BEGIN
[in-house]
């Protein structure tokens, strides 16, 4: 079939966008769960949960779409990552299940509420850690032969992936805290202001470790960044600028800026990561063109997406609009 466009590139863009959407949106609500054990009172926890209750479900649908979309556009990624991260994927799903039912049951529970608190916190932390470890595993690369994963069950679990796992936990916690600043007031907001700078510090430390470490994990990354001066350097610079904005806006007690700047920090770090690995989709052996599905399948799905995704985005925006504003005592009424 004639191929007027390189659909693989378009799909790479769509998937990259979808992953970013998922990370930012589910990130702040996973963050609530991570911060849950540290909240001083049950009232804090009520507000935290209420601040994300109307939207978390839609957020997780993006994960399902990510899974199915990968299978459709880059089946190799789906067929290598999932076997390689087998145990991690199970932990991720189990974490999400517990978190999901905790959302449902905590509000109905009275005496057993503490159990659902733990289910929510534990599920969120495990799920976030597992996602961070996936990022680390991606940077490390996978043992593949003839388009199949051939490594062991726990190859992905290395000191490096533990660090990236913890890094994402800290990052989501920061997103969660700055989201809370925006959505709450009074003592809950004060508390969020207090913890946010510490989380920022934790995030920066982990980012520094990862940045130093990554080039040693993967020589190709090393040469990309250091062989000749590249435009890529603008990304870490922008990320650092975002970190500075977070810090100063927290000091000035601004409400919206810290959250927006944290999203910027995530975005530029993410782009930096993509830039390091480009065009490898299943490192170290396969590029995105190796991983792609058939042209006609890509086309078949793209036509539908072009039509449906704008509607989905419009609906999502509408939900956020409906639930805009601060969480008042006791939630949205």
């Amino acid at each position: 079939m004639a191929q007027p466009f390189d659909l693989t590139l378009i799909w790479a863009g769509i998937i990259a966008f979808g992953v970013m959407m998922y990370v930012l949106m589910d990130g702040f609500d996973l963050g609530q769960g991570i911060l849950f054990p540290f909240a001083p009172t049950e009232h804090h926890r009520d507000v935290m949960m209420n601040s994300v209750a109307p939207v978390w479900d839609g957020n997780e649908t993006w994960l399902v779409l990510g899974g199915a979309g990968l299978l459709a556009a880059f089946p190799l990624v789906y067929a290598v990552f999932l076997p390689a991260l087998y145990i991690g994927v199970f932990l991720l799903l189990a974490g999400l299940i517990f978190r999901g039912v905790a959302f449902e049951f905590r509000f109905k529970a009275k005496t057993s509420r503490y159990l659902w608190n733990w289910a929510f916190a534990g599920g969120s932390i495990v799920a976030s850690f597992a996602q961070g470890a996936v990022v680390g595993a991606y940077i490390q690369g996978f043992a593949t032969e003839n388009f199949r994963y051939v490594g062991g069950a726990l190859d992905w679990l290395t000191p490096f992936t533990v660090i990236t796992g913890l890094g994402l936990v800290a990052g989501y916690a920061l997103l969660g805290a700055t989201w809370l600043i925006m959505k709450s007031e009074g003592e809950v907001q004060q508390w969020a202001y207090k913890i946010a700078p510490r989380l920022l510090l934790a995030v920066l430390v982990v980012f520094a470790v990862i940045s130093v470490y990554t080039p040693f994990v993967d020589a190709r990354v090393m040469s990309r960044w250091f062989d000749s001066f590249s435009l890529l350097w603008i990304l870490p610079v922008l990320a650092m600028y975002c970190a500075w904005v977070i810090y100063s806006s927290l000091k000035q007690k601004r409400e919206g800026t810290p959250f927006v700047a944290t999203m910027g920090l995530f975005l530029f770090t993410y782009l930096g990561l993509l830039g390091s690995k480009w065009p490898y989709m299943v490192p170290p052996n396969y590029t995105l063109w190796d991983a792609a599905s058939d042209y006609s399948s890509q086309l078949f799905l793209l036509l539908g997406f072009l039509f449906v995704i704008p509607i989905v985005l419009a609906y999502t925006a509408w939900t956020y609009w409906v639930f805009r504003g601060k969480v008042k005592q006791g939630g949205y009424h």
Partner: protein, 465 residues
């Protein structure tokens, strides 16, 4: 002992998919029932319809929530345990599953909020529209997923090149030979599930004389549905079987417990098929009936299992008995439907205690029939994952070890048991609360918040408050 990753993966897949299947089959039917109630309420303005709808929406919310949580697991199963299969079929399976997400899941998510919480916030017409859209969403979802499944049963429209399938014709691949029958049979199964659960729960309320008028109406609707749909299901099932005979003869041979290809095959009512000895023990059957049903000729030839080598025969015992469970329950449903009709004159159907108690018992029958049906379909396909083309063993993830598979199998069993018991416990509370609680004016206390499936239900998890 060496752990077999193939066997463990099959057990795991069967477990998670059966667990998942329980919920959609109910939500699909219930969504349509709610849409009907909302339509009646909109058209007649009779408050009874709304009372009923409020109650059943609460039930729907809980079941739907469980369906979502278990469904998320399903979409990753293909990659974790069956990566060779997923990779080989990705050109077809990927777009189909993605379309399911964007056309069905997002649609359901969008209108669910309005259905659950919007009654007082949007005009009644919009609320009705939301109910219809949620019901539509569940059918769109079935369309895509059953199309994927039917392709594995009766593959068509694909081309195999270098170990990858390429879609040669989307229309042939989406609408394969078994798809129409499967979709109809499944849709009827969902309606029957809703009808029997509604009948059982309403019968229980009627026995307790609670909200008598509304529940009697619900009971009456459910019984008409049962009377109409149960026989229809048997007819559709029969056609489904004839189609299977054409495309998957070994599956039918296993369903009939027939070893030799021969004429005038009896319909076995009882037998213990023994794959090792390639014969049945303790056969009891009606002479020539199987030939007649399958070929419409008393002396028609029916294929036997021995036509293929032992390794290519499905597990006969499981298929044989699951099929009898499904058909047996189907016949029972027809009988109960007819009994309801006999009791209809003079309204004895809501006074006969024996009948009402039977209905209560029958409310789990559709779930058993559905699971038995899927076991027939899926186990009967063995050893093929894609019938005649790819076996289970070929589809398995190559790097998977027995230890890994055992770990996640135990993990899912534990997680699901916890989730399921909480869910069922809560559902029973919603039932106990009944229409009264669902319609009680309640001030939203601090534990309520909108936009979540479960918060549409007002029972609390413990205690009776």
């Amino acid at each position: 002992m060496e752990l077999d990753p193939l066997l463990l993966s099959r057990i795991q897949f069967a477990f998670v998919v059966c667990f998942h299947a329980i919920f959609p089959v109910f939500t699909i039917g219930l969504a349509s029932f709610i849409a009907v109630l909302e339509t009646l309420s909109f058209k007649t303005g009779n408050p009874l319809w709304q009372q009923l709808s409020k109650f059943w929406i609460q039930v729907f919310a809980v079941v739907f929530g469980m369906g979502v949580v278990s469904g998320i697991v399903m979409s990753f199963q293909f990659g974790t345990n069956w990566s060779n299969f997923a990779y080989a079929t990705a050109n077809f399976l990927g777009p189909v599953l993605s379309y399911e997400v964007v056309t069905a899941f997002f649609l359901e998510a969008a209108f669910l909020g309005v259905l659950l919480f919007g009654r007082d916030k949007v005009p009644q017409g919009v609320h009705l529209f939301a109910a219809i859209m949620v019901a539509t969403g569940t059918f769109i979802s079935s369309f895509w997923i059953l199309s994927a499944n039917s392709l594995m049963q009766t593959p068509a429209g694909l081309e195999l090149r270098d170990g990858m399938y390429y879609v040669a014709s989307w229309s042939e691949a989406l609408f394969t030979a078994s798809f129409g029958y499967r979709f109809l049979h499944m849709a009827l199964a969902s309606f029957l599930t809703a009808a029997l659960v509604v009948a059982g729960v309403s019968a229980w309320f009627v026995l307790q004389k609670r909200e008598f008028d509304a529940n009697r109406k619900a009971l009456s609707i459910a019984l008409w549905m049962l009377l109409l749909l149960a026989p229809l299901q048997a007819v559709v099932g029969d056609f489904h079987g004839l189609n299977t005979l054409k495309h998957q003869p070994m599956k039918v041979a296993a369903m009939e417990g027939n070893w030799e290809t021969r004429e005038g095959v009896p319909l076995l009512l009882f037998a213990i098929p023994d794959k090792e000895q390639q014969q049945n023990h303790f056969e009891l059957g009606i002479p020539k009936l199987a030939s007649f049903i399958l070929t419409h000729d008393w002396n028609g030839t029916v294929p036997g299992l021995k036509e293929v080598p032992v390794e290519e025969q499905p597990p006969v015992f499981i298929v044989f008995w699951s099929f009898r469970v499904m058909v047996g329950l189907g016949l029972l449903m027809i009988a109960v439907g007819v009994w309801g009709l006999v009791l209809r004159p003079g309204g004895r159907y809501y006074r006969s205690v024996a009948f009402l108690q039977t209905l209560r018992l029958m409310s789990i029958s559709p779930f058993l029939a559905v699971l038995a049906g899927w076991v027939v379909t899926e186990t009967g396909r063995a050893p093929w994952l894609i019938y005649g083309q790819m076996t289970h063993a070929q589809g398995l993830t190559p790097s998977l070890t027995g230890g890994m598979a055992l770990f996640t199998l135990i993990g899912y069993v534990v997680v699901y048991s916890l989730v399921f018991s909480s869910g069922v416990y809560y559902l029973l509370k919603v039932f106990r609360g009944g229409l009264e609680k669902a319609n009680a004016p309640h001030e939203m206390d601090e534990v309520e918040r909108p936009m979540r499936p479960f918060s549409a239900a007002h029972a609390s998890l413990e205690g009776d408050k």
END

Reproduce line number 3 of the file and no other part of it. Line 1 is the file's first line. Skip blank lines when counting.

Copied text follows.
């Amino acid at each position: 079939m004639a191929q007027p466009f390189d659909l693989t590139l378009i799909w790479a863009g769509i998937i990259a966008f979808g992953v970013m959407m998922y990370v930012l949106m589910d990130g702040f609500d996973l963050g609530q769960g991570i911060l849950f054990p540290f909240a001083p009172t049950e009232h804090h926890r009520d507000v935290m949960m209420n601040s994300v209750a109307p939207v978390w479900d839609g957020n997780e649908t993006w994960l399902v779409l990510g899974g199915a979309g990968l299978l459709a556009a880059f089946p190799l990624v789906y067929a290598v990552f999932l076997p390689a991260l087998y145990i991690g994927v199970f932990l991720l799903l189990a974490g999400l299940i517990f978190r999901g039912v905790a959302f449902e049951f905590r509000f109905k529970a009275k005496t057993s509420r503490y159990l659902w608190n733990w289910a929510f916190a534990g599920g969120s932390i495990v799920a976030s850690f597992a996602q961070g470890a996936v990022v680390g595993a991606y940077i490390q690369g996978f043992a593949t032969e003839n388009f199949r994963y051939v490594g062991g069950a726990l190859d992905w679990l290395t000191p490096f992936t533990v660090i990236t796992g913890l890094g994402l936990v800290a990052g989501y916690a920061l997103l969660g805290a700055t989201w809370l600043i925006m959505k709450s007031e009074g003592e809950v907001q004060q508390w969020a202001y207090k913890i946010a700078p510490r989380l920022l510090l934790a995030v920066l430390v982990v980012f520094a470790v990862i940045s130093v470490y990554t080039p040693f994990v993967d020589a190709r990354v090393m040469s990309r960044w250091f062989d000749s001066f590249s435009l890529l350097w603008i990304l870490p610079v922008l990320a650092m600028y975002c970190a500075w904005v977070i810090y100063s806006s927290l000091k000035q007690k601004r409400e919206g800026t810290p959250f927006v700047a944290t999203m910027g920090l995530f975005l530029f770090t993410y782009l930096g990561l993509l830039g390091s690995k480009w065009p490898y989709m299943v490192p170290p052996n396969y590029t995105l063109w190796d991983a792609a599905s058939d042209y006609s399948s890509q086309l078949f799905l793209l036509l539908g997406f072009l039509f449906v995704i704008p509607i989905v985005l419009a609906y999502t925006a509408w939900t956020y609009w409906v639930f805009r504003g601060k969480v008042k005592q006791g939630g949205y009424h």